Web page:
The Justice and Development Party (AKP)'s 2002 rise to power as Turkey's first Islamist-based, single-party government, ending a long period of coalition governments, came as the US was responding to the terrorist attacks of Sept. 11, 2001.
Since then the wars in Afghanistan and Iraq, along with revolutionary changes in the Arab world, have thrown the region into turmoil. A political and economic disorder persists as actors in the region and from afar jockey to shape their preferred futures.
Meanwhile, Turkey is experiencing an incredible transition and it's unclear whether the government of Prime Minister Recep Tayyip Erdogan is trying to start a counterrevolution against the nation's founding principles, or attempting to strengthen its democracy.
Since his government came to power, democratization in Turkey has been mostly about diminishing the military's role in politics.
The ruling party has been successful in its mission. While Turkish democracy remains problematic — to say the least — the Turkish military has lost its high standing in the public eye and carries almost no weight in shaping the political conversation. Putting nearly a thousand retired and current military men on trial and sending nearly 400 of them to prison have accomplished this.
On Jan. 3, Ismail Hakki Karadayi, former chief of the general staff, was taken from his Istanbul home by police at 6:45 a.m. and brought to Ankara to testify as a suspect before a special prosecutor investigating the so-called "Feb. 28" process.
A coalition government led by Turkey's first Islamist-based prime minister, Necmettin Erbakan, lasted from 1996 to 1997, and the way it collapsed has been described as a postmodern military coup known as the Feb. 28 process.
On Jan. 5, 2011, Ilker Başbuğ, also a former chief of the general staff, was arrested after an early-morning raid at his home and has been detained at Silivri prison ever since, though he hasn't been convicted of anything.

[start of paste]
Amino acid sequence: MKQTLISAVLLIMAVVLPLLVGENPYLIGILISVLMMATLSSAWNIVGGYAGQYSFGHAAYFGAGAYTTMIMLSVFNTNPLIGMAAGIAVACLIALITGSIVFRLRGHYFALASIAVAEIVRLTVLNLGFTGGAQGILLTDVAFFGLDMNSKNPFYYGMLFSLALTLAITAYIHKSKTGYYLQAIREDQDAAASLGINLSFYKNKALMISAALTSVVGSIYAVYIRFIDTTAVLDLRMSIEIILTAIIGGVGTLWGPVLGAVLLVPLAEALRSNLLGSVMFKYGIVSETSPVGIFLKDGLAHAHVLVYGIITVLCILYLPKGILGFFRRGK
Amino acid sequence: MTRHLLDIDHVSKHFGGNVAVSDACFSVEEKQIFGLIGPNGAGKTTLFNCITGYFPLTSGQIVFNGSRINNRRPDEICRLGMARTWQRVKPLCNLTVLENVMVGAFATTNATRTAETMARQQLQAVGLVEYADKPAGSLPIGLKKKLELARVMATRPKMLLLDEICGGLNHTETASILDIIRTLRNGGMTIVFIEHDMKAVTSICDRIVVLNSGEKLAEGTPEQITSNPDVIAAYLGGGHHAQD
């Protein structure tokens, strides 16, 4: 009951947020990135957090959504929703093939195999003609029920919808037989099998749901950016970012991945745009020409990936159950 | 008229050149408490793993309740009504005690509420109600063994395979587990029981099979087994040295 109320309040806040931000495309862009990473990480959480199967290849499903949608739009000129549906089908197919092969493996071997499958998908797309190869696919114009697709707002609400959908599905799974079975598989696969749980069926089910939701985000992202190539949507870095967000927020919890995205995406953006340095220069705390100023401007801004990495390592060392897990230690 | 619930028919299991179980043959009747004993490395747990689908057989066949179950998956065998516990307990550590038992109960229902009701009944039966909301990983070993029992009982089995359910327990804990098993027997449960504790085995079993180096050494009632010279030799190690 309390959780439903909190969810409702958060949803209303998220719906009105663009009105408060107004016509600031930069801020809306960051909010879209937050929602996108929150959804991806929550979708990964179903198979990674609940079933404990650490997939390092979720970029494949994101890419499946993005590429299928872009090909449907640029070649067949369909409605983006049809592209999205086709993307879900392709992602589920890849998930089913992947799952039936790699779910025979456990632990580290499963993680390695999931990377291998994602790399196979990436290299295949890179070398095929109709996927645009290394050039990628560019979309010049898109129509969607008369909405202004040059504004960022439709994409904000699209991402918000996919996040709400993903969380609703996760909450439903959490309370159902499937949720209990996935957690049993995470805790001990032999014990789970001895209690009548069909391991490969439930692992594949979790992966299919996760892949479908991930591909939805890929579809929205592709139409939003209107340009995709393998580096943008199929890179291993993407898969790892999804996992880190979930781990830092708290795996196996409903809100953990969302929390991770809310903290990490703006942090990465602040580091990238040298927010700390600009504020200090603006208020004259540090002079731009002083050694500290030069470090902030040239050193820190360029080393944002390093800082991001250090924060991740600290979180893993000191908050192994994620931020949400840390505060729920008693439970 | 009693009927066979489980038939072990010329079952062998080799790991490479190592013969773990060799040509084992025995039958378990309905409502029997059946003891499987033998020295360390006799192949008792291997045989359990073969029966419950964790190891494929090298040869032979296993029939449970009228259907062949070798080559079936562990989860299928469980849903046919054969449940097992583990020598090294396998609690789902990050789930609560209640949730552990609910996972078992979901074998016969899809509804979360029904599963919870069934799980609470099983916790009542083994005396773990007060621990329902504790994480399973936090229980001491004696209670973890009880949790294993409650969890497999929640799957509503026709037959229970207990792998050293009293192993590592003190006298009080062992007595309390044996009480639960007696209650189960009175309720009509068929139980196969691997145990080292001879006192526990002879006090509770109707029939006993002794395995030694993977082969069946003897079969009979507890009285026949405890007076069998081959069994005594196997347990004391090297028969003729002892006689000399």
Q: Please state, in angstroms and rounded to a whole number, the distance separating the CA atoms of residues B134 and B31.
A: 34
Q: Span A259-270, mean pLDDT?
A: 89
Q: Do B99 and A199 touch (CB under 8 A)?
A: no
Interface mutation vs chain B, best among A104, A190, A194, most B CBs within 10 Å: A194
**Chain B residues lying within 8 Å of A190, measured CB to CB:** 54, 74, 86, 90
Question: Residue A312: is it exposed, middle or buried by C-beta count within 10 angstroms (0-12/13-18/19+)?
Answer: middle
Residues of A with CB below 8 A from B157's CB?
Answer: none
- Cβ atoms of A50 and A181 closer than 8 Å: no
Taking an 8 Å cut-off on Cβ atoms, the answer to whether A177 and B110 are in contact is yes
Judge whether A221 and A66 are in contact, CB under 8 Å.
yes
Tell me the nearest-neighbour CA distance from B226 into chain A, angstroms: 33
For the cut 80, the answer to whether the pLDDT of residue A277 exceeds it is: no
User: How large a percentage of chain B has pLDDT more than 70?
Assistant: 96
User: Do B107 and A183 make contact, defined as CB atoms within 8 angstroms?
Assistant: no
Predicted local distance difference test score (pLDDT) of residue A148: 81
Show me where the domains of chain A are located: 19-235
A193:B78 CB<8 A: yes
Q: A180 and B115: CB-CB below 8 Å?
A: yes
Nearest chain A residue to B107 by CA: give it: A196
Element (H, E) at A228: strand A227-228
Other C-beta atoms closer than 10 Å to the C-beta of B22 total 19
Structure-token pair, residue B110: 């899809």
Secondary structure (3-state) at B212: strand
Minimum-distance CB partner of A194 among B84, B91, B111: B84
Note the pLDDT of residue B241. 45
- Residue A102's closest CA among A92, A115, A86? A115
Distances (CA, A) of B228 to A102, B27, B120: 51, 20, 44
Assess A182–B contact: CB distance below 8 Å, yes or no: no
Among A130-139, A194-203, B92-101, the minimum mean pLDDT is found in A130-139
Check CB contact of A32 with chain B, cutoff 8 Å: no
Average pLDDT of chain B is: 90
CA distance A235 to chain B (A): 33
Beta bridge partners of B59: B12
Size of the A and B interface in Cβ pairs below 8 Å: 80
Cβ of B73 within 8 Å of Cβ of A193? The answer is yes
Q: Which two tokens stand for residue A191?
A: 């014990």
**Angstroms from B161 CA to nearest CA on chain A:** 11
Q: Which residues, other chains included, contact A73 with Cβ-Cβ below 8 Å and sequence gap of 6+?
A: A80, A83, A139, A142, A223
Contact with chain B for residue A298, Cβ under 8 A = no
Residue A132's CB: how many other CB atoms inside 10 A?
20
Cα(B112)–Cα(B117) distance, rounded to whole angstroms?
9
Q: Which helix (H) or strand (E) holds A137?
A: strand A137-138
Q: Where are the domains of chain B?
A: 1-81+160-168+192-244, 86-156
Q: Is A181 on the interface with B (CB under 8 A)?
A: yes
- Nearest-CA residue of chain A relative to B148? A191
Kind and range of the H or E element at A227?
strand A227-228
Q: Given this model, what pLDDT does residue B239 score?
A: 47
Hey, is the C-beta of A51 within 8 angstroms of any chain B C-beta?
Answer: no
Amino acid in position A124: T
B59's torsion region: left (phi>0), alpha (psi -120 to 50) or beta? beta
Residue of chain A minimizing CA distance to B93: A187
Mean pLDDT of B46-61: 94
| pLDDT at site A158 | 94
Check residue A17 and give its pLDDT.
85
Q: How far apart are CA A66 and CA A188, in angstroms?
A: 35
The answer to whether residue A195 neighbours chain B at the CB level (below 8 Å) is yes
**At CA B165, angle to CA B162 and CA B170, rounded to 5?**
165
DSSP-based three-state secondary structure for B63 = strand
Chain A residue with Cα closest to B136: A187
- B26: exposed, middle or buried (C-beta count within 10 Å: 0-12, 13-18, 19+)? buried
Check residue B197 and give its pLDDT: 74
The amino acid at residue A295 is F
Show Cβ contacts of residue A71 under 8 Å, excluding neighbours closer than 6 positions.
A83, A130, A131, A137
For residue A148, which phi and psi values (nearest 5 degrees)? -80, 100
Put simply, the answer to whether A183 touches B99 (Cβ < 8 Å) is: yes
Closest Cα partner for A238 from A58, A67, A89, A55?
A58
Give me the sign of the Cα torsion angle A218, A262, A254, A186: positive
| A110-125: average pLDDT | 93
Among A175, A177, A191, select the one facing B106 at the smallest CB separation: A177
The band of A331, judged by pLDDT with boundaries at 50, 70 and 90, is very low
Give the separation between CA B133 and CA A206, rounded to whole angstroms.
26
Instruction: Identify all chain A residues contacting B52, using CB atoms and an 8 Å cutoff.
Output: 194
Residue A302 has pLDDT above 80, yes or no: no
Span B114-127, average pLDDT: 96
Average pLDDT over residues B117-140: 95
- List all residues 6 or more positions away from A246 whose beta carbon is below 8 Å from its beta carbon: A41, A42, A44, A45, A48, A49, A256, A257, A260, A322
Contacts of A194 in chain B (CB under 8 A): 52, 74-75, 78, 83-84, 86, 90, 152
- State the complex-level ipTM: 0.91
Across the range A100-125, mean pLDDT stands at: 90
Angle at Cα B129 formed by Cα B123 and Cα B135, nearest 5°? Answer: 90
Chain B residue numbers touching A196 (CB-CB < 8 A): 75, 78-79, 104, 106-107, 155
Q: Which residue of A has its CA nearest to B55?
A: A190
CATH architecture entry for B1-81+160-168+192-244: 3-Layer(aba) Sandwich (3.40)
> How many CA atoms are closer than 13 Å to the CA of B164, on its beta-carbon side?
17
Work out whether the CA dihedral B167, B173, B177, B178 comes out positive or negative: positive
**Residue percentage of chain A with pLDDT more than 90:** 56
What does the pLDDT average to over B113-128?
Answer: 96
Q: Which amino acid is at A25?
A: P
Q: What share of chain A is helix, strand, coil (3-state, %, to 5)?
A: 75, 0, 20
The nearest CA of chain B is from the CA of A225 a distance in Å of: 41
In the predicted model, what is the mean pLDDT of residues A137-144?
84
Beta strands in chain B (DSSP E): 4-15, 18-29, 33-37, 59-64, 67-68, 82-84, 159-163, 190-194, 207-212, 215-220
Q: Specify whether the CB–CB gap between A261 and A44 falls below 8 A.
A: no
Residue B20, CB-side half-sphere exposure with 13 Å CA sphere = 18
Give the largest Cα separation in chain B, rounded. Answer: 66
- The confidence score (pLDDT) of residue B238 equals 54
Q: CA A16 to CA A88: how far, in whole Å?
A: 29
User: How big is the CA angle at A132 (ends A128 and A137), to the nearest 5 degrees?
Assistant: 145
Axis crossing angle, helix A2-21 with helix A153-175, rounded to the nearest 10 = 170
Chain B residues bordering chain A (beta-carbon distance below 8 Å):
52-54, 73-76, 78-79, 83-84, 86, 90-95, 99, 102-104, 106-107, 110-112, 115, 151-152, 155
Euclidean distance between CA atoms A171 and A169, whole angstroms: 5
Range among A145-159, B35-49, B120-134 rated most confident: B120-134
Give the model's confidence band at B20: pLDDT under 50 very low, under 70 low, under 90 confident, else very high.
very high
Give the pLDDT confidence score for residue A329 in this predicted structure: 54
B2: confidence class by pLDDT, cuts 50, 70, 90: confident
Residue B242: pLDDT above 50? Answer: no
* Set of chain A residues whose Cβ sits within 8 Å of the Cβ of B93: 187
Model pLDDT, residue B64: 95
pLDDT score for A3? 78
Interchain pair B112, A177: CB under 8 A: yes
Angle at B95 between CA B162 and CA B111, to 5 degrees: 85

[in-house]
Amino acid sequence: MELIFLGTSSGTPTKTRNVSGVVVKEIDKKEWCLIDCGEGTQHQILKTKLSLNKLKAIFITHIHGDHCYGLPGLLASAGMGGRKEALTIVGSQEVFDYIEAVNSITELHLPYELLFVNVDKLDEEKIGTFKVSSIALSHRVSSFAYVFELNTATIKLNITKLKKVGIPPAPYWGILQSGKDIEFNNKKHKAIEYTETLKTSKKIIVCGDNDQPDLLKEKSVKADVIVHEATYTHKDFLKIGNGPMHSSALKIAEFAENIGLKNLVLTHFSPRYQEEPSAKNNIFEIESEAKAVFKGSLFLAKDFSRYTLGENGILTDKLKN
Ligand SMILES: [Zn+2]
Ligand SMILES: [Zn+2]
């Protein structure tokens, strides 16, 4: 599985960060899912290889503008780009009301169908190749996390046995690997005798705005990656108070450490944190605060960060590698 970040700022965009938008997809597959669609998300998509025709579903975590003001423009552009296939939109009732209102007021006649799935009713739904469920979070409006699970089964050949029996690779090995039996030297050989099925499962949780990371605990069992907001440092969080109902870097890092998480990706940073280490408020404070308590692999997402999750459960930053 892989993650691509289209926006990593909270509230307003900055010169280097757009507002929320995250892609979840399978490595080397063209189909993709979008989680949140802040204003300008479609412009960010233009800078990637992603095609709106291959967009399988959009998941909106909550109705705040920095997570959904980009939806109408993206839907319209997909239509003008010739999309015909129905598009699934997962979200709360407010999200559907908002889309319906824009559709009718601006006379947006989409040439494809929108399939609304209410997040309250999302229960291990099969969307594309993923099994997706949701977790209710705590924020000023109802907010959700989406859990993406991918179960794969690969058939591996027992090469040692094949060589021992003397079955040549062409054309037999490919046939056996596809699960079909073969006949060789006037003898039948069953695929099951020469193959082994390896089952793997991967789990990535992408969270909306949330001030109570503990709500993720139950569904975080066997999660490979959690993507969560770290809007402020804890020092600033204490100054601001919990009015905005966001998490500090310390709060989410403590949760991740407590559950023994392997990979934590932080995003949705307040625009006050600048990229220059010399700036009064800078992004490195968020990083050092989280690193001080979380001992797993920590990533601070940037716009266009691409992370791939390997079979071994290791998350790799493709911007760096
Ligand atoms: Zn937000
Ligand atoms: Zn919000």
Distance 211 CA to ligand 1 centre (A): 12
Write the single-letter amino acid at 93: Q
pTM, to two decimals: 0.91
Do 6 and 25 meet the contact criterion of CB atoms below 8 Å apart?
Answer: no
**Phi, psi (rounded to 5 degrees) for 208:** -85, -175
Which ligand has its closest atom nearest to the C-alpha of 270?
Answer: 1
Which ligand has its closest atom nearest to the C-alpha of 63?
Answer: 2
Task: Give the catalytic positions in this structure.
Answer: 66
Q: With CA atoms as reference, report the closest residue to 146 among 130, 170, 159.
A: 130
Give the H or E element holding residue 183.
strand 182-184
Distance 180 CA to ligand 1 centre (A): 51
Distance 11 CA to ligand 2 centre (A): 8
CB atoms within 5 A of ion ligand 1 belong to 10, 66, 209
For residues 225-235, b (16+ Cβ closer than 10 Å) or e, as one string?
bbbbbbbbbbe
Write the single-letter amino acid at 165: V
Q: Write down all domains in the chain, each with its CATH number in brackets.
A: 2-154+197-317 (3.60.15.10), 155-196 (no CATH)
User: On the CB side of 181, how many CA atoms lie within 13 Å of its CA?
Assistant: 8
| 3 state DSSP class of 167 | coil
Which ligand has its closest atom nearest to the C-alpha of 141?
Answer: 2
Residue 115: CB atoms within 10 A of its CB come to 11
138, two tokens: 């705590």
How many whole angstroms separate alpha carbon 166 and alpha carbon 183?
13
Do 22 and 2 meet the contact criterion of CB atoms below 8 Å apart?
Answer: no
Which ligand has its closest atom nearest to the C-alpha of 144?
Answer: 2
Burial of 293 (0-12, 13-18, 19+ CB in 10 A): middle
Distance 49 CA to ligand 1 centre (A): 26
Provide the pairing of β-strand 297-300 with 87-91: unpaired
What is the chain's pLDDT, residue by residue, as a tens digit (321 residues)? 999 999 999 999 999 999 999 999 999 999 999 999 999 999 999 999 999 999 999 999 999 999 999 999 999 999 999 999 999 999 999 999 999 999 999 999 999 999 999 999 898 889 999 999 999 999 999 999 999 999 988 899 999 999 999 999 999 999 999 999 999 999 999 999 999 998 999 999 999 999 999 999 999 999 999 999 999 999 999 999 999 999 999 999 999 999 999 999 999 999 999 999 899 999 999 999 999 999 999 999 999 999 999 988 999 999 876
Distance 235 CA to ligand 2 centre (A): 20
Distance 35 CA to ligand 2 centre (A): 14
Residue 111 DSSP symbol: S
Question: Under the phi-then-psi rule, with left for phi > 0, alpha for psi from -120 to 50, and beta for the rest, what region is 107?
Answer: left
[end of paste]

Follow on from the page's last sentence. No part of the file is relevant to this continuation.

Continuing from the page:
While the two retired top military men don't face the same charges, their implication in these probes highlights that an era marked by heavy military influence on Turkish politics is now under scrutiny.
Military and civilian authorities are engaged in a high-stakes showdown. Special prosecutors are accusing some retired and current members of the military of belonging to "Ergenekon," a group whose aim is to overthrow the government. Alleged members of this group — including Başbuğ — are accused of being "terrorists." In a separate, unconnected trial, Karadayi will testify about his role as general staff chief during the Feb 28 process.
In June, speaking before a parliamentary committee investigating past military coups, Karadayi said that the Feb 28th process "was neither a coup nor a postmodern coup. This was the result of mistakes that were made at the time."
Karadayi said that when Erbakan asked: "Will this big transformation [changing Turkey into an Islamic Republic] be bloody or bloodless?" his question raised concerns in Turkey. The former general staff chief argued that Erbakan's coalition government didn't take concerns over the rise of Islamist fundamentalists seriously, and that the military acted within the law to protect the republic and its secular nature. Karadayi denied, however, knowing anything about the so-called Western Study Group, a gathering of politicians, academics and journalists to fight Islamist fundamentalists, formed with guidance by the military.
Karadayi's former deputy, Cevik Bir, who has been imprisoned for nearly a year for his role in the Feb 28 process, claimed that the military only acted under orders, and that Karadayi had full knowledge of the Western Study Group. Karadayi was brought before the special prosecutor to respond to Bir's testimony. Following a five-hour grilling that included 83 questions, the special prosecutor asked for Karadayi's arrest, but the judge decided to release the former general staff chief because of his advanced age and declining health.